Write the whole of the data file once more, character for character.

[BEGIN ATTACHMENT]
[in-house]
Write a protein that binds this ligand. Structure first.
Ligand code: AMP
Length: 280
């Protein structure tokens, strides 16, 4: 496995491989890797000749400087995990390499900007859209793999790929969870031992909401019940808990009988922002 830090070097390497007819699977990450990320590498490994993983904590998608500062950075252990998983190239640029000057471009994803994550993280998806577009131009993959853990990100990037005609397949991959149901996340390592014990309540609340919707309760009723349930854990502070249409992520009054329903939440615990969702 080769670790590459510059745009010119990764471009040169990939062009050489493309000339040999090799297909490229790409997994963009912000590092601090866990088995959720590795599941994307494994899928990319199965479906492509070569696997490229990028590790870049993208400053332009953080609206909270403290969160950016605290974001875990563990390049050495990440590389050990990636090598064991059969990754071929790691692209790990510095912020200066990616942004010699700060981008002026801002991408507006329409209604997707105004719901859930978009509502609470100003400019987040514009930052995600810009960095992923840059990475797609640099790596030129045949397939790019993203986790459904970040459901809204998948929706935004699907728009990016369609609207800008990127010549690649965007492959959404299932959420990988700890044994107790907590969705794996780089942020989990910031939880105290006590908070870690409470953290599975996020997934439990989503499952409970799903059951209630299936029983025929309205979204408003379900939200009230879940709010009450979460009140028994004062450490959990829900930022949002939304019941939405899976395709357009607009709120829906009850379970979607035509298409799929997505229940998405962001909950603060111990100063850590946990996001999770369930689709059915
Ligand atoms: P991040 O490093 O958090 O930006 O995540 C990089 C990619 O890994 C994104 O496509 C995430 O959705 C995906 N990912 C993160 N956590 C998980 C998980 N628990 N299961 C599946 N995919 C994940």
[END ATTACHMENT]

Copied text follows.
[in-house]
Write a protein that binds this ligand. Structure first.
Ligand code: AMP
Length: 280
């Protein structure tokens, strides 16, 4: 496995491989890797000749400087995990390499900007859209793999790929969870031992909401019940808990009988922002 830090070097390497007819699977990450990320590498490994993983904590998608500062950075252990998983190239640029000057471009994803994550993280998806577009131009993959853990990100990037005609397949991959149901996340390592014990309540609340919707309760009723349930854990502070249409992520009054329903939440615990969702 080769670790590459510059745009010119990764471009040169990939062009050489493309000339040999090799297909490229790409997994963009912000590092601090866990088995959720590795599941994307494994899928990319199965479906492509070569696997490229990028590790870049993208400053332009953080609206909270403290969160950016605290974001875990563990390049050495990440590389050990990636090598064991059969990754071929790691692209790990510095912020200066990616942004010699700060981008002026801002991408507006329409209604997707105004719901859930978009509502609470100003400019987040514009930052995600810009960095992923840059990475797609640099790596030129045949397939790019993203986790459904970040459901809204998948929706935004699907728009990016369609609207800008990127010549690649965007492959959404299932959420990988700890044994107790907590969705794996780089942020989990910031939880105290006590908070870690409470953290599975996020997934439990989503499952409970799903059951209630299936029983025929309205979204408003379900939200009230879940709010009450979460009140028994004062450490959990829900930022949002939304019941939405899976395709357009607009709120829906009850379970979607035509298409799929997505229940998405962001909950603060111990100063850590946990996001999770369930689709059915
Ligand atoms: P991040 O490093 O958090 O930006 O995540 C990089 C990619 O890994 C994104 O496509 C995430 O959705 C995906 N990912 C993160 N956590 C998980 C998980 N628990 N299961 C599946 N995919 C994940």